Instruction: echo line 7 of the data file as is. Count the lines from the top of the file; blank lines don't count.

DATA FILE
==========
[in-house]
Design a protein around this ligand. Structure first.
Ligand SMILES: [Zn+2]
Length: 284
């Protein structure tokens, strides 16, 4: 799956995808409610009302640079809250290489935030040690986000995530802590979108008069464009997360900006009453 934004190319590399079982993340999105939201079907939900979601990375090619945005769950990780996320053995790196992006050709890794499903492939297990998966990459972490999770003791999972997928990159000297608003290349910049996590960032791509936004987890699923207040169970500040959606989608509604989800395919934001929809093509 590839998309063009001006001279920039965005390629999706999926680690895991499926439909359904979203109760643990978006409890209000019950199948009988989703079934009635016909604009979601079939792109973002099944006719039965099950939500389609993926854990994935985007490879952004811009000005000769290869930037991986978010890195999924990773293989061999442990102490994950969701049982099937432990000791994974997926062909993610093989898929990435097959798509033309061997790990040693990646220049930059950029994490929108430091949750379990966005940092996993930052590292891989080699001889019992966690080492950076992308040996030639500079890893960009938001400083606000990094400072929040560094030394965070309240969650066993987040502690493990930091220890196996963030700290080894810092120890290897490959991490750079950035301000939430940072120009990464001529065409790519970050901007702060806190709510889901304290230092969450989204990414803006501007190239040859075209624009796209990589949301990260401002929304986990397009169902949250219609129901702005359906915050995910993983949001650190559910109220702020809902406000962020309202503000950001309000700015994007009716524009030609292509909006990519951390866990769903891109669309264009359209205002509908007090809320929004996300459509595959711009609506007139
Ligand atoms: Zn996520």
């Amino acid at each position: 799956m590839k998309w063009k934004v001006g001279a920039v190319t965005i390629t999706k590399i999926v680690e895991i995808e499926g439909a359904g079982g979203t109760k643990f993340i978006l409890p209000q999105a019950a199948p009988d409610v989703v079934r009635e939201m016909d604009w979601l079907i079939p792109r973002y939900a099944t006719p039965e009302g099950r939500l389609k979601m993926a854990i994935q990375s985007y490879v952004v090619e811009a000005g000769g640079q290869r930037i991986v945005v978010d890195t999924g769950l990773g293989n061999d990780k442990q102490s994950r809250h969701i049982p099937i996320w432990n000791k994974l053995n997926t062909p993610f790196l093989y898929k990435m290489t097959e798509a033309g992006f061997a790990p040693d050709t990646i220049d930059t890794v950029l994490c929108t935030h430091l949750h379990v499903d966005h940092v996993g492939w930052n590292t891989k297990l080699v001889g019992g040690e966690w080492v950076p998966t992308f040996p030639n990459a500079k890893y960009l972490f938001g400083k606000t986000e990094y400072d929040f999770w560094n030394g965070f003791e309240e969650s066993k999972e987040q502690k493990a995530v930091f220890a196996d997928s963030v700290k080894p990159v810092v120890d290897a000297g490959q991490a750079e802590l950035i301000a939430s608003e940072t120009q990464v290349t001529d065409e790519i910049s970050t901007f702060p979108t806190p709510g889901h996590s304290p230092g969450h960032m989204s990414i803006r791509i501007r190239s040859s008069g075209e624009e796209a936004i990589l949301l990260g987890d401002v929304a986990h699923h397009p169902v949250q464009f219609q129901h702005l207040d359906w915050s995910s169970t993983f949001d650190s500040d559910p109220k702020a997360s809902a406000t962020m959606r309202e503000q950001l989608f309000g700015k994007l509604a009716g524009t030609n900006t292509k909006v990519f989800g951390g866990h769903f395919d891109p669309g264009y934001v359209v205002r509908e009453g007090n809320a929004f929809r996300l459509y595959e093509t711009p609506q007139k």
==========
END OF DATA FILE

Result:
């Amino acid at each position: 799956m590839k998309w063009k934004v001006g001279a920039v190319t965005i390629t999706k590399i999926v680690e895991i995808e499926g439909a359904g079982g979203t109760k643990f993340i978006l409890p209000q999105a019950a199948p009988d409610v989703v079934r009635e939201m016909d604009w979601l079907i079939p792109r973002y939900a099944t006719p039965e009302g099950r939500l389609k979601m993926a854990i994935q990375s985007y490879v952004v090619e811009a000005g000769g640079q290869r930037i991986v945005v978010d890195t999924g769950l990773g293989n061999d990780k442990q102490s994950r809250h969701i049982p099937i996320w432990n000791k994974l053995n997926t062909p993610f790196l093989y898929k990435m290489t097959e798509a033309g992006f061997a790990p040693d050709t990646i220049d930059t890794v950029l994490c929108t935030h430091l949750h379990v499903d966005h940092v996993g492939w930052n590292t891989k297990l080699v001889g019992g040690e966690w080492v950076p998966t992308f040996p030639n990459a500079k890893y960009l972490f938001g400083k606000t986000e990094y400072d929040f999770w560094n030394g965070f003791e309240e969650s066993k999972e987040q502690k493990a995530v930091f220890a196996d997928s963030v700290k080894p990159v810092v120890d290897a000297g490959q991490a750079e802590l950035i301000a939430s608003e940072t120009q990464v290349t001529d065409e790519i910049s970050t901007f702060p979108t806190p709510g889901h996590s304290p230092g969450h960032m989204s990414i803006r791509i501007r190239s040859s008069g075209e624009e796209a936004i990589l949301l990260g987890d401002v929304a986990h699923h397009p169902v949250q464009f219609q129901h702005l207040d359906w915050s995910s169970t993983f949001d650190s500040d559910p109220k702020a997360s809902a406000t962020m959606r309202e503000q950001l989608f309000g700015k994007l509604a009716g524009t030609n900006t292509k909006v990519f989800g951390g866990h769903f395919d891109p669309g264009y934001v359209v205002r509908e009453g007090n809320a929004f929809r996300l459509y595959e093509t711009p609506q007139k």